On the verge to become one of the biggest banks in the U.S., Capital One’s top executive shows no intention of charging debit card fees.
Many American consumers who’ve learned that they are going to be charged to use their debit cards have joined a nationwide protest against such a bank practice. Others who aren’t affect by such a fee are likely praying that their bank doesn’t resort to such a measure to recoup lost revenue.
Capital One (NYSE: COF), one of the largest banks in the country (and to be even bigger after the purchase of ING Direct), shows no immediate signs to impose a debit card usage fee.
In last week’s third-quarter 2011 conference call, Capital One CEO Richard Fairbank called debit card interchange fees as a “smaller part of overall Capital One”.
“The Durbin Amendment is not as needle-moving for us,” Fairbank responded to a debit card pricing-related question. “It will though, just on a gross basis, reduce our revenue by about $70 to $90 million. So, it’s not small potatoes.”
Capital One reported total revenue of $4.154 billion in Q3 2011.
Fairbank noted that Capital One has made some changes in response to the new debit card swipe fee rules, which reduced the limit for fees collected by banks from merchants when consumers make debit card transactions.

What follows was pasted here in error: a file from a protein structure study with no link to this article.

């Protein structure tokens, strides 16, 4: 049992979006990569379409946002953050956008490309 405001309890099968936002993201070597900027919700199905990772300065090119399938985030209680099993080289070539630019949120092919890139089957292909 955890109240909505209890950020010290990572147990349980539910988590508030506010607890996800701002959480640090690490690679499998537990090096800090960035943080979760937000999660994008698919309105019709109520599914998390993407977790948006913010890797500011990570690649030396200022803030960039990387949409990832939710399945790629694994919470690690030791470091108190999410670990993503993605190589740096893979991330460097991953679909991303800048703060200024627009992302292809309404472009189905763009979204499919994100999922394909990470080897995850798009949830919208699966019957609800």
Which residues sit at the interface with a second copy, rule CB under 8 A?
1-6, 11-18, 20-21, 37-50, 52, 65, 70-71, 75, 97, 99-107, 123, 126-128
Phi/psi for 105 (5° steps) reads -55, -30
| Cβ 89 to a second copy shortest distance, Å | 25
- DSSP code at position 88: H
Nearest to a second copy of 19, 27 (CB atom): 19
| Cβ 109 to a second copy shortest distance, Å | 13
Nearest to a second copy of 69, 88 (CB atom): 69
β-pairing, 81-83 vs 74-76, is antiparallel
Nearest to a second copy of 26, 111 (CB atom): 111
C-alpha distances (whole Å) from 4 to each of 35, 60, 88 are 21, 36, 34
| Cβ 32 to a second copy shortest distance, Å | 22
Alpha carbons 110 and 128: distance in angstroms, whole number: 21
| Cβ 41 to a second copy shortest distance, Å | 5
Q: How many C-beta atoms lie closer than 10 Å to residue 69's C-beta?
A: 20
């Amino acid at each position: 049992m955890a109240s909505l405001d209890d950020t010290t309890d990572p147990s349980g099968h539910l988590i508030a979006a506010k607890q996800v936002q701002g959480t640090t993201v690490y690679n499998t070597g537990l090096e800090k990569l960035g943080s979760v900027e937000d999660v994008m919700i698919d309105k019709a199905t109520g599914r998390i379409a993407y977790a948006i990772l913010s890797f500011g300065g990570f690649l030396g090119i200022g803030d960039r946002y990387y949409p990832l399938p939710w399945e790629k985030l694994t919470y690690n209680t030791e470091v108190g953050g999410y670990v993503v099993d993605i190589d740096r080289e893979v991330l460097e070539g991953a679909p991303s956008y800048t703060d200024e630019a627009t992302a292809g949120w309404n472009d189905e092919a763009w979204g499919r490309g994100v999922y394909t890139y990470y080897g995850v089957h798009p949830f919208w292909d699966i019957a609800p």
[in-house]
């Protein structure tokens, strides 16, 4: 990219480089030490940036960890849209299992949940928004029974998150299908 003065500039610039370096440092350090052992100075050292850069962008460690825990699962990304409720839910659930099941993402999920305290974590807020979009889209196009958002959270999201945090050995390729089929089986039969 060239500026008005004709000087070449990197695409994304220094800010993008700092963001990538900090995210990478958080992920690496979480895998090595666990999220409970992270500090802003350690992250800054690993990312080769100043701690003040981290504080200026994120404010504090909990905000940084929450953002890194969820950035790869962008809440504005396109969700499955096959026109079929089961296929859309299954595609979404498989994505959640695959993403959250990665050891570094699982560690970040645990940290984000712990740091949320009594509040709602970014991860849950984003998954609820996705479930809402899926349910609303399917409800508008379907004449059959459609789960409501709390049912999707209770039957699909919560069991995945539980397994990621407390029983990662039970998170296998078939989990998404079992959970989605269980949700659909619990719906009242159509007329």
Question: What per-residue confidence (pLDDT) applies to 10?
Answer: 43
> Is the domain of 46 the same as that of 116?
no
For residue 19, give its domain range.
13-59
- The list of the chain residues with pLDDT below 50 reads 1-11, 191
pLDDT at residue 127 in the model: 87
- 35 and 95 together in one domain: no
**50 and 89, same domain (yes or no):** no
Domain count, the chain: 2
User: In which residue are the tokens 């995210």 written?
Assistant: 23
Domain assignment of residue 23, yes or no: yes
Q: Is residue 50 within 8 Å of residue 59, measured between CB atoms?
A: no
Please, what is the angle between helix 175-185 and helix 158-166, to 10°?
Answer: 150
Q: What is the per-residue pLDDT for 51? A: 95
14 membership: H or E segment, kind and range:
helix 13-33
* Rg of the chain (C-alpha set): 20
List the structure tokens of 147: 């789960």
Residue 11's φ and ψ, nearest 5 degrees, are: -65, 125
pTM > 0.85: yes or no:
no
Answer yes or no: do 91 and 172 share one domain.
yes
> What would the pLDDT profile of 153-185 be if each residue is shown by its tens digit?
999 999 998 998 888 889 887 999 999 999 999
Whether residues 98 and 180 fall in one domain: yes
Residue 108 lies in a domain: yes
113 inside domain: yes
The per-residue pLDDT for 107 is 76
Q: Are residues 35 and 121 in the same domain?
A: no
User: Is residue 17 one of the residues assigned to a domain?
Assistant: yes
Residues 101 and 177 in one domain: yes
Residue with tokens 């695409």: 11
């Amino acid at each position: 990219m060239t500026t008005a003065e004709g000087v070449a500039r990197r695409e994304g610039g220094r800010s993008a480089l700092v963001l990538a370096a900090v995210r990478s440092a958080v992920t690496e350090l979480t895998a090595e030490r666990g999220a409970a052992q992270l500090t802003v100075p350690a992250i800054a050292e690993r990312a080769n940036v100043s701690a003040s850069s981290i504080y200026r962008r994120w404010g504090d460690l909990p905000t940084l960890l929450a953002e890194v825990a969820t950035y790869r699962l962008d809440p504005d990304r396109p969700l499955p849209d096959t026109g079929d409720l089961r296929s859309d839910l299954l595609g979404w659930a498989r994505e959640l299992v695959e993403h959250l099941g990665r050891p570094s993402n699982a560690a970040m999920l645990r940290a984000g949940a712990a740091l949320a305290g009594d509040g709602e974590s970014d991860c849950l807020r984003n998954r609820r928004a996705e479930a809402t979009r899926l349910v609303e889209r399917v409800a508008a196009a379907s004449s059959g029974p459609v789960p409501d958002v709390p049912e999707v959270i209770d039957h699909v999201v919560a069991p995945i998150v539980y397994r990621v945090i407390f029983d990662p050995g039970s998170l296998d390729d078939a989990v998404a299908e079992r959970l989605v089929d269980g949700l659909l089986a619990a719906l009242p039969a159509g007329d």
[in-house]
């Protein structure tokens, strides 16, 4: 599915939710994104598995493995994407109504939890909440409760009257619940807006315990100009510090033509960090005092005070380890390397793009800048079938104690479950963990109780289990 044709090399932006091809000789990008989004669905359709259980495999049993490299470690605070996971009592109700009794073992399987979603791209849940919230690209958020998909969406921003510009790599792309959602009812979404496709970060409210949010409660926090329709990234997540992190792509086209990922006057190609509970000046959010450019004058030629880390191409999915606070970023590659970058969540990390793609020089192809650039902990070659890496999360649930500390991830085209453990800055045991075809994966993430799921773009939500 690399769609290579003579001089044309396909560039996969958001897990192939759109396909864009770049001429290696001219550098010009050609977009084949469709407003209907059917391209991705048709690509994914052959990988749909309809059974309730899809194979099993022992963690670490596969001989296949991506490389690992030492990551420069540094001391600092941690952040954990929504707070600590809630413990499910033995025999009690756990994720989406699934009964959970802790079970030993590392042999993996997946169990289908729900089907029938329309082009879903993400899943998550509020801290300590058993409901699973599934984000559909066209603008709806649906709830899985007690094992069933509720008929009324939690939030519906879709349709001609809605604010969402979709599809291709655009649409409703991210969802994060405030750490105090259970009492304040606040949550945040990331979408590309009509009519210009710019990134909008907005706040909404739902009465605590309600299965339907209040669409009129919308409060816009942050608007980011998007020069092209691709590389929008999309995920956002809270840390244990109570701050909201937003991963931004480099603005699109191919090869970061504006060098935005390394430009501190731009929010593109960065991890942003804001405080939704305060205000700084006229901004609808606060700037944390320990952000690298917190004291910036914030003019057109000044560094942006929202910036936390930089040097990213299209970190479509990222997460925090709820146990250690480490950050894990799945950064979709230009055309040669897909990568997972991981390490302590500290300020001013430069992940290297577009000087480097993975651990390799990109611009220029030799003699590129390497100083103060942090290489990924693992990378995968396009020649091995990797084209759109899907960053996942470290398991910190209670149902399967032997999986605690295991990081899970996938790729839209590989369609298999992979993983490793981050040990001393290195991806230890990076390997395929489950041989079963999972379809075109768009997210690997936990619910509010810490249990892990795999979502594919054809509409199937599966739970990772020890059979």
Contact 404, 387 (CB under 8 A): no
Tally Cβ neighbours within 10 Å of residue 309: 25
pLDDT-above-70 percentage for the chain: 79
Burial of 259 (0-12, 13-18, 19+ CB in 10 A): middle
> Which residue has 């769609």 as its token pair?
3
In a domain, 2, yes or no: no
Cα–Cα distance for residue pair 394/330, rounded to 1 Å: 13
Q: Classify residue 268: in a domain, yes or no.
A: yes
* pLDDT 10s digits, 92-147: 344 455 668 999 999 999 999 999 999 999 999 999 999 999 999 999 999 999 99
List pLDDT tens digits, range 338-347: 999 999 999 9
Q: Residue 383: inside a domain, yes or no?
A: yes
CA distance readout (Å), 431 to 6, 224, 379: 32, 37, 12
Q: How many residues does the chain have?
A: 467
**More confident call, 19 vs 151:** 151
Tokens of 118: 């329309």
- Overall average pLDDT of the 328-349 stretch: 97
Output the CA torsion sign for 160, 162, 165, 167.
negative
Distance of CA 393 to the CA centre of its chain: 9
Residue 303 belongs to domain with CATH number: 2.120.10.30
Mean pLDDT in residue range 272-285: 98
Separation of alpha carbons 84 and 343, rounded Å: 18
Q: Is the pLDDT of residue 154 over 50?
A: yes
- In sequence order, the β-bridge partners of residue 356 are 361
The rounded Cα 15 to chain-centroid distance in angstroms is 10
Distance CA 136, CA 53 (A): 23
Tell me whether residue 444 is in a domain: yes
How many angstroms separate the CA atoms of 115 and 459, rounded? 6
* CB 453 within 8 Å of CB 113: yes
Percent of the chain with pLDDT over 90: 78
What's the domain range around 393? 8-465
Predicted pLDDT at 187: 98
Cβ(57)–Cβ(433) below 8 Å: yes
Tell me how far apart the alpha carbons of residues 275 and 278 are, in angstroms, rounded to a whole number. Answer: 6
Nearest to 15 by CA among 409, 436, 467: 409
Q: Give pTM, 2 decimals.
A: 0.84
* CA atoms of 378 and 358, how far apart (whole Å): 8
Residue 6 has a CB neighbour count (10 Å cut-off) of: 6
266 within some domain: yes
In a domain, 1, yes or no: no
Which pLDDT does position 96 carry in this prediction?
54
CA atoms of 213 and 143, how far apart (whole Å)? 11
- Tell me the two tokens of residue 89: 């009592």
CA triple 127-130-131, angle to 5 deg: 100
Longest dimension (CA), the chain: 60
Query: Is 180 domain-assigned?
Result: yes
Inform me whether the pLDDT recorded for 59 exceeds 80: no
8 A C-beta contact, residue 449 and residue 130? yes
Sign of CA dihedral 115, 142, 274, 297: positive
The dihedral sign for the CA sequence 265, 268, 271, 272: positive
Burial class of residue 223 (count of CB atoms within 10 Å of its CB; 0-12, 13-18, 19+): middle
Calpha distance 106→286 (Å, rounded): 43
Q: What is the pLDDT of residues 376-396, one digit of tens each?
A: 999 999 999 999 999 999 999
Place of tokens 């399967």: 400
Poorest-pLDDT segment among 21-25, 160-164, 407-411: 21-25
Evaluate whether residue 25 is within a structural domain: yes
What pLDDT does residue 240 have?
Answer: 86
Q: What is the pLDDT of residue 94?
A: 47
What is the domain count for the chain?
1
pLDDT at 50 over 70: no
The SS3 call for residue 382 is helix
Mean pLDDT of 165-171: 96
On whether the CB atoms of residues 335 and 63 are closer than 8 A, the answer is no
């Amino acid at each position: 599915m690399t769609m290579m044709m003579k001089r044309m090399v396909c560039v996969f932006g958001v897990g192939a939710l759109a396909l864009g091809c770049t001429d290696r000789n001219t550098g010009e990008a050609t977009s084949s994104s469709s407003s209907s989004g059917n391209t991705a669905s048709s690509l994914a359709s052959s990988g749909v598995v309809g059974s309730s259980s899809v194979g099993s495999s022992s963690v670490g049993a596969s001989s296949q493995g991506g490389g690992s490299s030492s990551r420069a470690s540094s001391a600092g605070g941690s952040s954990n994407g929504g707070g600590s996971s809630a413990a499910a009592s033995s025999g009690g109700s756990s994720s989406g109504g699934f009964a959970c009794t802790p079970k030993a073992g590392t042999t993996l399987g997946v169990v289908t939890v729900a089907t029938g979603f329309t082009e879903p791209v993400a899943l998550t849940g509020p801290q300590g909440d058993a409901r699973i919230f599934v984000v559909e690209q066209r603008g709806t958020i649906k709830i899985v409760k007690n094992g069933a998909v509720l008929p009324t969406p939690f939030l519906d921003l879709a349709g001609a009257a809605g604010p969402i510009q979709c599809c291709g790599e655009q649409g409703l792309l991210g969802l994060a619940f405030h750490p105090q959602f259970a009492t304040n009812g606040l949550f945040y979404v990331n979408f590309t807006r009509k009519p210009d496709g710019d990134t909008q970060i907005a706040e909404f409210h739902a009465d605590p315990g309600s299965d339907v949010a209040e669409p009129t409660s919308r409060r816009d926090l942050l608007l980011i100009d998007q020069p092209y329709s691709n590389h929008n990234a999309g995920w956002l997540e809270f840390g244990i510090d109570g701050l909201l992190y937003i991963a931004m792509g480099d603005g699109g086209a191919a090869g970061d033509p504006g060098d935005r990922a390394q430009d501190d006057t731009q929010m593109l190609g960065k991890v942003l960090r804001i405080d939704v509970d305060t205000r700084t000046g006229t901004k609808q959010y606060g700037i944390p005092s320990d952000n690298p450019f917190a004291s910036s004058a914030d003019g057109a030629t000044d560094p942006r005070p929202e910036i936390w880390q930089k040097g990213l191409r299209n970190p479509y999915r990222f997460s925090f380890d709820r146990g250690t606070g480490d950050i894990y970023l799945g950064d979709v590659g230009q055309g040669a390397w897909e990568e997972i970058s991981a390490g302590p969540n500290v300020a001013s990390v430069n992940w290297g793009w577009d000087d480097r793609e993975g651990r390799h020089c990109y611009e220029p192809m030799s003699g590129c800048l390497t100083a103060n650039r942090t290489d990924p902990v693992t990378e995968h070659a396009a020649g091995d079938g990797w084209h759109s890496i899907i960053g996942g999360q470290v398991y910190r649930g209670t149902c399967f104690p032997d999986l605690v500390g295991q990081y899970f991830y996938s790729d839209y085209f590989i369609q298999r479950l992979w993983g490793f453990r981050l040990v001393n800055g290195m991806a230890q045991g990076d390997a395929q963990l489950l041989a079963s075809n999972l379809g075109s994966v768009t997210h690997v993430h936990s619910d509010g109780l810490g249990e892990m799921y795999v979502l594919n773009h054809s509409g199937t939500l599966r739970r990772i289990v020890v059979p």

A prominent change by Capital One included replacing “no-strings” free checking with products that carried “low monthly fees and reasonable hurdles to avoid them”.
Capital One does not currently charge for debit card usage. Furthermore, the bank doesn’t charge currency exchange fess on debit card purchases and withdrawals made internationally – in the same manner that it doesn’t charge foreign transaction fees on all Capital One credit cards.
“Overall, it’s a relatively benign sort of change that we’ve done at Capital One,” Fairbank said.
Big banks that have opted to charge debit card fees in response to Durbin include Bank of America, Wells Fargo, SunTrust, and Regions Bank.
The ING Direct Play
At a time when outraged customers vow to leave banks that chose to charge debit card fees, the purchase of ING Direct may benefit Capital One’s image. ING Direct is known for being an online bank with low fees, competitive interest rates, and friendly service.
“The big noise about just how expensive banking is becoming for folks probably plays into the hands of low-cost players,” added Fairbank.
The acquisition of ING Direct would send Capital One into the top ranks of the banking industry, warranting scrutiny from lawmakers and industry groups that fear its size would pose a weak point for another collapse of the financial industry.
As big banks have showed their hands when it comes to debit card fees, Capital One customers can be understandably worried that the bank may also take such a step.
However, as attention is deflected to debit card fees, Capital One may use this time to gain market share.
From Q2 2011 to Q3 2011, Capital One reported total deposits increasing from $126.1 billion to $128.3 billion.